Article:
A Writer’s New Year
January 1, 2011
So this is the blog where I don’t write about New Year’s resolutions, and how, we as writers should make all kinds of promises to ourselves to do more, to do better, to up the ante in our writing lives for the next year. This is the blog where I don’t tell you to plan the great American novel or the great American memoir you’ve been wanting to write for years, but haven’t. Where I don’t tell you to make three contacts that might prove useful in your writing life. Where I don’t tell you to make a writing schedule you can stick to. Where I don’t tell you to write 500 words a day every day, or 750, or 100. Where I don’t tell you to write 20 hours a week or 2 hours a day.
And I’ll tell you why. It’s been my experience that most of us make New Year’s resolutions we can’t possibly keep. We’re busy enough as it is, and we’re only human, and lifestyle changes aren’t all that easy to make all that quickly even if we have the best intentions in the world. Lifestyle changes take a long time to make. And they’re best made taking a baby step at a time. So if we make grandiose New Year’s resolutions (work out six days a week; write two hours a day; be nice to my partner all the time; cook gourmet dinner four nights a week), a few days or weeks or months down the road when we find that list of our New Year’s resolutions and we discover that we haven’t done what we promised ourselves we’d do, we’ll feel terrible about ourselves, we’ll beat ourselves up, we’ll tell ourselves we’re no damned good.
So why bother to make New Year’s resolutions at all if they’re so hard to follow?
To me, New Year’s resolutions are just another way of us telling ourselves we’re not good enough the way we are.
What if, instead of making New Year’s resolutions we probably won’t keep, we spend a few hours telling ourselves we’re fine just the way we are, that our essential selves are fine, and that there’s nothing we need to do today, tomorrow, or the next day to transform ourselves into better people?
So what do I do on New Year’s Day instead of making New Year’s resolutions for myself as a writer?
I think back over my writing year, and I gather information about what my writing year was like. I look over my planner and my journal and I think about my yearlong writing journey. I take stock and I acknowledge where I’ve been without judgment, without accusation or praise. I simply try to “see” what my writing life was like last year.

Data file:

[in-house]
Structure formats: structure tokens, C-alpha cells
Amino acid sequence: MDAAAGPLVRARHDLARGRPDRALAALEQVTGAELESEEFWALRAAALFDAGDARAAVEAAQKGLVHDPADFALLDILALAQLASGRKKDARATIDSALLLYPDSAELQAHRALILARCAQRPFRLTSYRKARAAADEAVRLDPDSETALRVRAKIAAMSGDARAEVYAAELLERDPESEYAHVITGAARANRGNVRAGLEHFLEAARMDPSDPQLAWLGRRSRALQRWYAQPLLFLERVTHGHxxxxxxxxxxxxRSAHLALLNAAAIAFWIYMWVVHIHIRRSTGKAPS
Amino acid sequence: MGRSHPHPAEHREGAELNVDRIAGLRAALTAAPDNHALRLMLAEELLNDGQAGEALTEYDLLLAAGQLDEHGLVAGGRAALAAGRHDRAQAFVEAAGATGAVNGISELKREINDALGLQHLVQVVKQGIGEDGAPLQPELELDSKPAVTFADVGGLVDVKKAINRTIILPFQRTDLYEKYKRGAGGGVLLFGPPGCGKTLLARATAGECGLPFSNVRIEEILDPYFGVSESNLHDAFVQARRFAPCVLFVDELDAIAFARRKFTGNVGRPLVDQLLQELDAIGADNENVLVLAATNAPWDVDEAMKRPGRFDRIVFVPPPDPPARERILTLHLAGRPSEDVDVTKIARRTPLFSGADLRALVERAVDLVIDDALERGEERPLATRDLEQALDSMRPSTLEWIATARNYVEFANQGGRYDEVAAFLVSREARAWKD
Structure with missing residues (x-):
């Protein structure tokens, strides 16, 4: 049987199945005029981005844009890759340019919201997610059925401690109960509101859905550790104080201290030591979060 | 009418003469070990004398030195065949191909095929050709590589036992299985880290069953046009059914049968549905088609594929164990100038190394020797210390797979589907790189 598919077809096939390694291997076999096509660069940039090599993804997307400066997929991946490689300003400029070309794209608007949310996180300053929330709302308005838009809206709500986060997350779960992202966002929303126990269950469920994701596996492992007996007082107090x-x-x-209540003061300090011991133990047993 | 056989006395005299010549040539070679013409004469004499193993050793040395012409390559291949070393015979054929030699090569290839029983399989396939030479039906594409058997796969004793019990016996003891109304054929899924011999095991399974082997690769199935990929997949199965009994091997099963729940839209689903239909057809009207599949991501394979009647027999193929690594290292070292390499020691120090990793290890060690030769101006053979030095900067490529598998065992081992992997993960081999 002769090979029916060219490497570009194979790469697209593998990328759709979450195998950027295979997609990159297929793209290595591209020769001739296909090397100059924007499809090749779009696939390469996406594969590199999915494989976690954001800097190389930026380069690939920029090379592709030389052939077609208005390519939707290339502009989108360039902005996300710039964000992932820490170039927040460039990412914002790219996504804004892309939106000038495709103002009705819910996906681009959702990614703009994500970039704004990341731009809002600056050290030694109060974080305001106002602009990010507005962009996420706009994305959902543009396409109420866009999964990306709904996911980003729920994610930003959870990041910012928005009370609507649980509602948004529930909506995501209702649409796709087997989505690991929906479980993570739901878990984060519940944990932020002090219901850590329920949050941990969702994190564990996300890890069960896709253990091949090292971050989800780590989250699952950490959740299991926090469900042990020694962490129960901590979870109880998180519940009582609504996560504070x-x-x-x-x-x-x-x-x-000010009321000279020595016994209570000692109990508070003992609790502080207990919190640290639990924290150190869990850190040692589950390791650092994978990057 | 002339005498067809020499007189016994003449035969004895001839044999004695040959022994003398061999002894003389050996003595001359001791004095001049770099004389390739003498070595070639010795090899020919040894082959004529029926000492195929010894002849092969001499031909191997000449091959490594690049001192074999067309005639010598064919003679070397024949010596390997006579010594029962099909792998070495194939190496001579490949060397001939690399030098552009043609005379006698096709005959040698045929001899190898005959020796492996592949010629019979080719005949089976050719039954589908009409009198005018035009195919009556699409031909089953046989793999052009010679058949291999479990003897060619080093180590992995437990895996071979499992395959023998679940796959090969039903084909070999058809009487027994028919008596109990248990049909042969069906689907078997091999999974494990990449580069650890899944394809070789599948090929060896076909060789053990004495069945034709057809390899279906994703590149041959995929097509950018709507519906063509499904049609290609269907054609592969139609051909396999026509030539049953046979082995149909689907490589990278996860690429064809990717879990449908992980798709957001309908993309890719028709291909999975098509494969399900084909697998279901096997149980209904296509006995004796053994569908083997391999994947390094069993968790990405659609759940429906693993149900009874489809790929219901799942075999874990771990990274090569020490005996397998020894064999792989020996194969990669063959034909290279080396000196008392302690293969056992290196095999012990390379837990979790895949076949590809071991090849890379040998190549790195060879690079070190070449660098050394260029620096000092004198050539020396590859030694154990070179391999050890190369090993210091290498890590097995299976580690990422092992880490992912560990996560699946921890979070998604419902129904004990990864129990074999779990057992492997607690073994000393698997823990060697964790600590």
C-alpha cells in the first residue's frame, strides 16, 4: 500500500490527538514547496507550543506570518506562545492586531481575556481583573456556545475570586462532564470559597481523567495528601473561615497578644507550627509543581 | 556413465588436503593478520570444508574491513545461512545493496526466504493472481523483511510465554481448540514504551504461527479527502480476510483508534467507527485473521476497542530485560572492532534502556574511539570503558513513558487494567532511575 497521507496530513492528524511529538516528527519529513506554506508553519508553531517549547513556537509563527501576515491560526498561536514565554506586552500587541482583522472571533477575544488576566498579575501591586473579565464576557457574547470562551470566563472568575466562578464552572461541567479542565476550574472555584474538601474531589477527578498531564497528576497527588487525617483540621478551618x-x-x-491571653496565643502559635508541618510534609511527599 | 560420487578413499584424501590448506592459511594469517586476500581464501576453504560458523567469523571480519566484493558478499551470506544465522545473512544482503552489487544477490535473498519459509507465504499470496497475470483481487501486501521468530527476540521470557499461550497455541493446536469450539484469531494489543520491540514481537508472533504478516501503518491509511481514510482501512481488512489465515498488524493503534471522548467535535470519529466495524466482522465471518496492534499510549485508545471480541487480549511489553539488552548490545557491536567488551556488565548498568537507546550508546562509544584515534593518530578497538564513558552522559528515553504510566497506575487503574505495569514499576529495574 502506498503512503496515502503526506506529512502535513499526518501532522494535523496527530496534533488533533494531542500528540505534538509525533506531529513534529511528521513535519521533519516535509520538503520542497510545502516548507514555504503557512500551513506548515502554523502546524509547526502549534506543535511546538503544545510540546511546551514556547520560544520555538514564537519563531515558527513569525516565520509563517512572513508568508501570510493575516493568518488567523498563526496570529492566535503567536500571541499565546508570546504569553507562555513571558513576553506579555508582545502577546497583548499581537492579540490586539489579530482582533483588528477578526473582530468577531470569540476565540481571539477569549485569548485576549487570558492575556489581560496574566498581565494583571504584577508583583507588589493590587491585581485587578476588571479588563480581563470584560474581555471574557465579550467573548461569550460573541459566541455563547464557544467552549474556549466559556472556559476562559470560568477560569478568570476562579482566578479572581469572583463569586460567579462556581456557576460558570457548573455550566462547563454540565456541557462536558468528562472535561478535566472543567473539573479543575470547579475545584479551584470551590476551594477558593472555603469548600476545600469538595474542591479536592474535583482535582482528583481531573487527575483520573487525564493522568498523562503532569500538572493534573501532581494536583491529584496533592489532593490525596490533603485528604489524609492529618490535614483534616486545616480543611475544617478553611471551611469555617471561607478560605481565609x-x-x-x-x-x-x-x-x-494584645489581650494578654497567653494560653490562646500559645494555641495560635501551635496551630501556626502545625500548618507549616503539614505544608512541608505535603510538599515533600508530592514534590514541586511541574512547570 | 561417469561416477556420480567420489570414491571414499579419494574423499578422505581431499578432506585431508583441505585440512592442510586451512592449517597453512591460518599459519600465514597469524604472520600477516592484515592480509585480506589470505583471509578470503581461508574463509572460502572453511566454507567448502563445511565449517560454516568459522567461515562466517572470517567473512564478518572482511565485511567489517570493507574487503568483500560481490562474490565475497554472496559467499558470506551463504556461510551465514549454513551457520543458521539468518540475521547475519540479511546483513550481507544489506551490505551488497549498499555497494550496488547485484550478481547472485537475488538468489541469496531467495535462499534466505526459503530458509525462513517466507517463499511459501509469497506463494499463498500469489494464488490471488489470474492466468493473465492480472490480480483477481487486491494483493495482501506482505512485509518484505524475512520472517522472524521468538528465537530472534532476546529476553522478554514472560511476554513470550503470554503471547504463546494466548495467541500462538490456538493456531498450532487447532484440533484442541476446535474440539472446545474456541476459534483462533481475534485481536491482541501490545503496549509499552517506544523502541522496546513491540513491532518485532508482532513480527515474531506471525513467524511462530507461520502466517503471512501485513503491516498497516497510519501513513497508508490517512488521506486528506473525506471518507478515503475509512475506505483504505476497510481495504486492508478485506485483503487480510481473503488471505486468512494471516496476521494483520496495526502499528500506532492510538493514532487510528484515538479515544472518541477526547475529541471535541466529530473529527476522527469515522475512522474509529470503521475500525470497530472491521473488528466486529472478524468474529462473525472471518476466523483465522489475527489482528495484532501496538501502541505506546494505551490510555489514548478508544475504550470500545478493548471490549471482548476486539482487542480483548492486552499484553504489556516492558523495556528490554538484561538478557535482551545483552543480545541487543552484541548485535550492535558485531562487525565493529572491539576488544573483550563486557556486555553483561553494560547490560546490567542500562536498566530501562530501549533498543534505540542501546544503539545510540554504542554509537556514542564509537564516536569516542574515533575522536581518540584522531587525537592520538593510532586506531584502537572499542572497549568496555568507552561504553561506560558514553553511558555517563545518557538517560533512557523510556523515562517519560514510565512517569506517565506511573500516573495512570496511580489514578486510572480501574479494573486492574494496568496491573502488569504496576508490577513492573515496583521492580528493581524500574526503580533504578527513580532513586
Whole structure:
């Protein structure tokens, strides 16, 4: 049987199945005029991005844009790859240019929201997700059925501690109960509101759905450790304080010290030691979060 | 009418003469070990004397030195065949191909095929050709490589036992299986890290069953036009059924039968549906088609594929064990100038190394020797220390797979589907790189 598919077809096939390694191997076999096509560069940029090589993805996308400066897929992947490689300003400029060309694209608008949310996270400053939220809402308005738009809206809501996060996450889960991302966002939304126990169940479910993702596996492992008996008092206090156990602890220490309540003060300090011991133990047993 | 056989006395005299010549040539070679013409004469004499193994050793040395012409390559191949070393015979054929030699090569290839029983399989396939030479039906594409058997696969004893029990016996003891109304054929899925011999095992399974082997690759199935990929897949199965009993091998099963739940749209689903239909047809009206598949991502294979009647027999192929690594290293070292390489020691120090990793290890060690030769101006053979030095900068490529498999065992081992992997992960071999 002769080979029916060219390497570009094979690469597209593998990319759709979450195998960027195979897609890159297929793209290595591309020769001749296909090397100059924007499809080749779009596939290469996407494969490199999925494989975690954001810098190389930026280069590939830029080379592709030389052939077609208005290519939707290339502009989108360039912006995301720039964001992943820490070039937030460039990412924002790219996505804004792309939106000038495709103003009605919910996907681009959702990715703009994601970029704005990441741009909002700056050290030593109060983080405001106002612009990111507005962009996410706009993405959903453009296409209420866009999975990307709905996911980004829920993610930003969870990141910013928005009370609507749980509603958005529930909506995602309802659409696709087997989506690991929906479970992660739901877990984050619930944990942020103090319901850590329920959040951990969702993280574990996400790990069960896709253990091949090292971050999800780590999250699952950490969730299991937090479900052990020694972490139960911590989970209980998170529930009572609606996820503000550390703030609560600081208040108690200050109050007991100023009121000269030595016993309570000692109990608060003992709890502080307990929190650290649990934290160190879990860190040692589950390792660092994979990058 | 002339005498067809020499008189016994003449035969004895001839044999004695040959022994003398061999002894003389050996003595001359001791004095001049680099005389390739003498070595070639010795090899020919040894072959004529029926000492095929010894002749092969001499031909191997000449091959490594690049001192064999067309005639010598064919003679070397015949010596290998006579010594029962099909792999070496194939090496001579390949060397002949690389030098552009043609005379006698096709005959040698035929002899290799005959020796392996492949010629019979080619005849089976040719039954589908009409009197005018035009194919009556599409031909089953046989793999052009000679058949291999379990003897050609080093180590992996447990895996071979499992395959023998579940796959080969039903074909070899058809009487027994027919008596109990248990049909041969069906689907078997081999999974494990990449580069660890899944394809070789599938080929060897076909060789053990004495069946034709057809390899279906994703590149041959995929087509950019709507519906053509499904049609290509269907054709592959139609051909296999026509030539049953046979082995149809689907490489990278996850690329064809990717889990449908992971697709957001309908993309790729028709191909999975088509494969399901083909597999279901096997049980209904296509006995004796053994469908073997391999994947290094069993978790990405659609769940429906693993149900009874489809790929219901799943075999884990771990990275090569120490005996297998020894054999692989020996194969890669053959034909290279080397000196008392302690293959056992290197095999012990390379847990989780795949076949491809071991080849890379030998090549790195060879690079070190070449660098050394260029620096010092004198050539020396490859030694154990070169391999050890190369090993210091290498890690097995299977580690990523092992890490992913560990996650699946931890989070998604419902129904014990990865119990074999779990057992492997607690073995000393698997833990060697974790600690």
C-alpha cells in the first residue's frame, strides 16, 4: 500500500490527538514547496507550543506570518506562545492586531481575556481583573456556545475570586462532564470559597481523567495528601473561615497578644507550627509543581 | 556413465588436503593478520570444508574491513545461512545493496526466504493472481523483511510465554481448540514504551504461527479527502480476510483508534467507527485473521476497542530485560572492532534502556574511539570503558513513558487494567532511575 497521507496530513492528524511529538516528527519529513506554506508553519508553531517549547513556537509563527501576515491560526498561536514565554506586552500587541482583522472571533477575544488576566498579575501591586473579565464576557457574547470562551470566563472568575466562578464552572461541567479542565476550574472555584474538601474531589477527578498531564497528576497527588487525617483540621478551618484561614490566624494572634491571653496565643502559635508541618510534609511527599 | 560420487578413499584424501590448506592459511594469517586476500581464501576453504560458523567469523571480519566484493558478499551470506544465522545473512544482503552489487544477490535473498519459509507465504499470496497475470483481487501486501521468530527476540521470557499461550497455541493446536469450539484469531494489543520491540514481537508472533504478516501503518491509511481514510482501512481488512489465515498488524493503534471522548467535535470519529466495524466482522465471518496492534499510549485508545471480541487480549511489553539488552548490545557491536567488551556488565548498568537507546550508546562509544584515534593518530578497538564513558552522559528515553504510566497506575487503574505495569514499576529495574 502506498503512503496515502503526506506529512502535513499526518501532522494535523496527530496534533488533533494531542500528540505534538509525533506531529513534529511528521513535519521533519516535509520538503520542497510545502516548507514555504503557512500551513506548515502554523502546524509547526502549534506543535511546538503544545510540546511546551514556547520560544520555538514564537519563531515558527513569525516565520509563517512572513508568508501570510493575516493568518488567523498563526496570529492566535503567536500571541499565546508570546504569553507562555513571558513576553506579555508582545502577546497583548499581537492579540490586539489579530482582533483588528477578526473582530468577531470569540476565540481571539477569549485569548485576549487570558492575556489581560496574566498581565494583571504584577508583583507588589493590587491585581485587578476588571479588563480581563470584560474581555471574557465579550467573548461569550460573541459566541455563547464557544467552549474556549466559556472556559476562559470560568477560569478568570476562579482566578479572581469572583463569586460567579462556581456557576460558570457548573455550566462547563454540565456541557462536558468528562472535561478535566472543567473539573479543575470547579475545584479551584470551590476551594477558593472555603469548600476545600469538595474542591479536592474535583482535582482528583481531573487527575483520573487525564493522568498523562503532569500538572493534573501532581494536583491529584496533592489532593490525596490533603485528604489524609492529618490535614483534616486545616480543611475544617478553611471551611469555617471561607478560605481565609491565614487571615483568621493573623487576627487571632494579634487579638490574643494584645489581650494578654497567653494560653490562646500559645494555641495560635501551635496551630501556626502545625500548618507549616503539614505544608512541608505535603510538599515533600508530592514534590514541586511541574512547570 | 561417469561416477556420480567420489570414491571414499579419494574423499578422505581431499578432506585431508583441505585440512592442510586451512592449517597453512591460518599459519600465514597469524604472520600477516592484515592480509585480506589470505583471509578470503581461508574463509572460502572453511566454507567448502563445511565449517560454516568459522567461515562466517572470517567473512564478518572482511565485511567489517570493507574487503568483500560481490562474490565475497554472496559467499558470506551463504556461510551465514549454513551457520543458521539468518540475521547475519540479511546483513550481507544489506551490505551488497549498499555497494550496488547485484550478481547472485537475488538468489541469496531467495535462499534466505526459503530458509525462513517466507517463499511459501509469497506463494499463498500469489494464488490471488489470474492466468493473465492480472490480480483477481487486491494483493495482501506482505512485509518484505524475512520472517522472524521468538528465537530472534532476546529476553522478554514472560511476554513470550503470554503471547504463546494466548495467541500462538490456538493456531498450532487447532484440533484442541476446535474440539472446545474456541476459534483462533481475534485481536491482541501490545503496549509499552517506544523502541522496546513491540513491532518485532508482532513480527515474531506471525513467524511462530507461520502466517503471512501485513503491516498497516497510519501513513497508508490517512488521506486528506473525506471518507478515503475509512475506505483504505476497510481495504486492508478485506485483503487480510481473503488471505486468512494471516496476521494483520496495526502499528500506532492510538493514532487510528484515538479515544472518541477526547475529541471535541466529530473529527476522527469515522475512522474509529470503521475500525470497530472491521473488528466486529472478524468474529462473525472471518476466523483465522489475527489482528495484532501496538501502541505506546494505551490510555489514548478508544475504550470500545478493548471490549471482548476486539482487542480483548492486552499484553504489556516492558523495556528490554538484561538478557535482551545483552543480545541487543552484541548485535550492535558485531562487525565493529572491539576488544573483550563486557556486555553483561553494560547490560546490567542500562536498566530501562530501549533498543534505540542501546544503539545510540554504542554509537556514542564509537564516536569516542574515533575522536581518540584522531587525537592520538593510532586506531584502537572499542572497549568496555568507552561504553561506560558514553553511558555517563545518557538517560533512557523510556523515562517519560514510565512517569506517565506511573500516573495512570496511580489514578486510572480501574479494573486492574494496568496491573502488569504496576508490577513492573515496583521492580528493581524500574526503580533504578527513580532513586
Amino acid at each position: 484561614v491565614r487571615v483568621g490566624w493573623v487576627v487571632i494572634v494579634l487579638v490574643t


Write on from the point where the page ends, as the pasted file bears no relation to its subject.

So this is what I learned about my year’s writing.
I learned that I started writing a blog about writing memoir, and that I wrote one entry most weeks. I learned that a good number of readers of my blog found what I wrote useful. I learned that it felt very good to take time out from writing my memoir about my father to write my blog. I learned that writing my blog helped me become a more fluent writer than I’d been because I gave myself a time limit for each entry (one hour) and some ground rules (write what you’re impelled to write; make minimal revisions). I learned that I’ve laid the groundwork for a new book about writing. I learned that I want to continue this practice.
I learned that during the month of March I decided to undertake what I called “the final push” for finishing the memoir about my father. I learned that until March I was terrified of the book but that when I started the final push in March I became less terrified though I was still frightened of the book (and still am). I learned that it took me four months to revise a very difficult chapter. I learned that I continued to work no matter how tough the work felt. I learned that making my “Next To Do” list every day and at the end of each day worked miracles for me – focusing on only one thing at a time was less overwhelming. I learned that I’d overlooked a substantial body of research I had to do and I had to stop and do it. I learned that giving my work to other people to read was helpful up to a point, but that I had to stop because I lost my focus and became confused by the input I received. I learned that I have five solid chapters finished. I learned that I could make a chapter-by-chapter outline of my book. I learned that I finally understood what my book was about. I learned that I needed to write a proposal if I want to secure a publisher for this book. (This is the first book in a long time that I’ve written without a contract.)
This is where I’ve been on my writing journey. There’s more. But this is enough to show you what I do, what you might think about doing, so I’ll stop now.
I think that you can see how much more useful this is for a writer than wasting time making New Year’s resolutions. It’s like pausing when you’re on a long journey, standing on the top of a rise, and acknowledging where you’ve been, the hard work you’ve done to get where you are, before you think about plotting a course for where you want to go next.
Where I am right now.
Where I am right now is simply put: I’m nearing the end of writing my proposal for my memoir. I’m at the beginning of revising the chapter about when my parents met. I’m no longer terrified; I’m no longer afraid; I’m not sure of myself either; but I’m in a pretty good place with the work right now.
And what’s the next part of my writing journey? To continue revising that chapter about my parents when I’m finished with my proposal.
That’s it. It’s not a grand plan. It’s a simple plan. I don’t want to say “Finish the memoir” because that’s too grand a plan. I don’t want to say “Finish revising the chapter” because that’s too grand a plan. I just want to know what the very next tiny little thing I’ll be doing in my writing life. That’s all I need to keep my going. Anything more than that would probably stop me dead in my tracks.
So, see where you’ve been. See where you are right now. And look just a tiny way down the writing road.
May we all have a blessed writing year.